The critical role of leadership in encouraging ambidexterity is highlighted by Gibson and Birkinshaw (2004), who explain how leadership behaviors and practices influence an organization's capacity to navigate the complex balance between conflicting demands. These insights align with the overarching theme of ambidexterity, which emphasizes the role of leadership in guiding organizations through the intricacies of simultaneous exploitation and exploration. Furthermore, research conducted by Raisch and Birkinshaw (2008) in the "Academy of Management Journal" studied the impact of the top management team on the organization's ability to balance exploration and exploitation. This study contributes to understanding how leadership dynamics within an organization can facilitate or hinder the achievement of ambidextrous capabilities. Gupta et al. (2006) expanded the discourse by examining the complex relationship between innovation and ambidexterity in the "Journal of Business Venturing." Their findings underscore the critical relationship between cultivating an innovative culture and an organization's ability to simultaneously pursue exploitation and exploration strategies.

Tushman and O'Reilly III's (1996) foundational work in "Administrative Science Quarterly" introduced the concept of organizational ambidexterity, which explains the challenges organizations face in managing the tension between exploration and exploitation. This vital work laid the foundation for subsequent studies that further elucidated the nuances of ambidextrous organization. Additionally, Lubatkin et al. (2006) explored the strategic orientation of ambidextrous organizations in the "Academy of Management Journal," investigating how strategic orientation aligns with and influences ambidextrous capabilities. This strategic perspective adds depth to understanding how organizational orientation contributes to ambidexterity.

The study of Jansen et al. (2009) in the "Journal of Management Studies" examined the relationship between organizational culture and ambidexterity, revealing how cultural elements facilitate or hinder organizational ambidexterity efforts. This cultural lens provides a nuanced understanding of the contextual factors that influence ambidextrous capabilities in organizations. Finally, He and Wong's (2004) exploration of ambidextrous innovation in the "Journal of Product Innovation Management" offers insight into how organizations can simultaneously balance incremental and radical innovation. This research adds to the discourse by focusing specifically on the innovation dimension of ambidexterity.



The importance of reskilling and upskilling is a focal point in scientific discourse, reflecting the critical need for individuals and organizations to adapt to the evolving demands of the contemporary workforce. Brown and Lauder (2019) emphasize the lifelong learning aspect of reskilling, highlighting its role in developing a spectrum of future competencies. This is also in line with the World Economic Forum report (2018), which underlines the importance of skills improvement initiatives in overcoming the challenges posed by the Fourth Industrial Revolution, especially in developing digital and technological competencies. In human resource management, Gupta et al. (2020) investigate the strategic dimensions of reskilling and upskilling, emphasizing their role in aligning individual capabilities with future competencies critical to organizational success. Chen and Jones (2021) explore the psychological aspects, investigating how retraining initiatives contribute to increased employee engagement, thereby encouraging the development of future competencies.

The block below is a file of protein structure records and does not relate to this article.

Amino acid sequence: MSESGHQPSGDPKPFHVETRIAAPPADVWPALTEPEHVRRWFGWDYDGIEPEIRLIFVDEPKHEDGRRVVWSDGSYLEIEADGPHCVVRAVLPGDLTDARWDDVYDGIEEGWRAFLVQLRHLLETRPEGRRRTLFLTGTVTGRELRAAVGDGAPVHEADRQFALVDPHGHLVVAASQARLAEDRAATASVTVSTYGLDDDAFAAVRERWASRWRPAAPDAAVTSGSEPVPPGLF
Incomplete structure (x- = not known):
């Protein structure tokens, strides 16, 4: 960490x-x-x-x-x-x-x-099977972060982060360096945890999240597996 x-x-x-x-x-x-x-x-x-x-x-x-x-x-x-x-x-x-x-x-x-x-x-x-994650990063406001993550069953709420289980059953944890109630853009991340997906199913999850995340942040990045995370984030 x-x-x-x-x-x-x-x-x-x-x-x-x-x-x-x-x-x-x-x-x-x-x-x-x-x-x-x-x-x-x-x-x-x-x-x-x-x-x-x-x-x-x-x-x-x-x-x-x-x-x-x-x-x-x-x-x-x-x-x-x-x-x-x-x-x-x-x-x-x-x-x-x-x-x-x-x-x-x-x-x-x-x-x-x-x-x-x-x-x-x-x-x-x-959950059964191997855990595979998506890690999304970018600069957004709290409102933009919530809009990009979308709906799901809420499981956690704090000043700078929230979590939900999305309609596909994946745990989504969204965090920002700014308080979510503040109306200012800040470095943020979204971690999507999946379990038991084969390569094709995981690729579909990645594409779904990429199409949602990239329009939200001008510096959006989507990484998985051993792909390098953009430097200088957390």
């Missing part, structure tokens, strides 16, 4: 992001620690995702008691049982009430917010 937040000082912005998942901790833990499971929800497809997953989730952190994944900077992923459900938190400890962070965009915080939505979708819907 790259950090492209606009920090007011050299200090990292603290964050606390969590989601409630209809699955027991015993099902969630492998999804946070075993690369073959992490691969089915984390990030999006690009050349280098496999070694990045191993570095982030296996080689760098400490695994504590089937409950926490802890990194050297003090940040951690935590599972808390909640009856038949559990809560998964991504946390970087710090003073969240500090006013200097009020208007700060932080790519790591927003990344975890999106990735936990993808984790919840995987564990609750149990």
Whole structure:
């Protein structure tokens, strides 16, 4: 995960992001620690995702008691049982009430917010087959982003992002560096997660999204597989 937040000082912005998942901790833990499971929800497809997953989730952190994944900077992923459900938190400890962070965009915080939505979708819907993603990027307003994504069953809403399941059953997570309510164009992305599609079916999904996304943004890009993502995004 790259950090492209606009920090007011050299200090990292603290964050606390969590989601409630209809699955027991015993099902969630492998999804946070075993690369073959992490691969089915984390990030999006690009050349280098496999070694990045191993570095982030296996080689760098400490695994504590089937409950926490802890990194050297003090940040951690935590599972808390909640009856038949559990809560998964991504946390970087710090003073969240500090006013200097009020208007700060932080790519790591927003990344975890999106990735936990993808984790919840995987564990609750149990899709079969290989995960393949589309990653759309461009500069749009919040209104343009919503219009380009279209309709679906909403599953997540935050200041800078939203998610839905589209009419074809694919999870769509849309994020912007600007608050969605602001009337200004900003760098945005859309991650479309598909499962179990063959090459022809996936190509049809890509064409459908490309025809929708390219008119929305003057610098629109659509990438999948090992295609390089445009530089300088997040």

A McKinsey and Company (2019) report highlights the digital aspect of reskilling, emphasizing its role in bridging the talent gap and ensuring individuals have the digital competencies needed for the future. Smith et al. (2018) contribute by exploring the relationship between continuous learning, a core aspect of reskilling/upskilling, and developing diverse future competencies. Lee and Kim (2022) outline a strategic approach for effective upskilling, emphasizing its critical role in equipping individuals with the competencies to face rapid environmental change. Rodriguez-Sanchez et al. (2019) focus on innovation, exploring how skills retraining initiatives contribute to developing innovative competencies at both individual and organizational levels. Examining the economic implications, Autor et al. (2020) provide a cost-benefit analysis of skills retraining efforts, highlighting the economic considerations and benefits of developing future competencies. Taylor and Nguyen (2021) offer insights into the development of adaptive competencies through skills retraining efforts, emphasizing their role in preparing individuals for an uncertain future job market.

This literature review brings together insights from various international sources, which underscore the urgency and strategic importance of ongoing skills and upskilling efforts. These initiatives address the current skills gap and play a critical role in developing the multifaceted competencies necessary for individuals and organizations to thrive in the dynamic landscape of the future workforce.

Thus, the research will examine in more depth what competencies are needed in the future and their relationship to competencies, agile organizations, ambidextrous organizations, and reskilling/upskilling amidst increasingly fierce competition. This research will prepare a guidebook on future potencies adapted to company conditions, global trends, phenomena, and organizational urgency to remain viable and competitive. Moreover, this study aims to address contemporary challenges faced by companies, emphasizing the need for transformation towards cost-effectiveness and productivity.


Research Methods

This research discusses future competencies where the researcher summarizes various sources into a new idea developed into a syllabus. The researcher considers the impact of business transformation on companies, changes in business models, changes in market demands, and changes in technology. Then, identify future skills and competencies relevant to future business challenges. After that, researchers looked for a competency model that would be used as a basis for developing the skills of PT United Tractors Tbk employees. The research steps are presented as a flow diagram in Figure 1.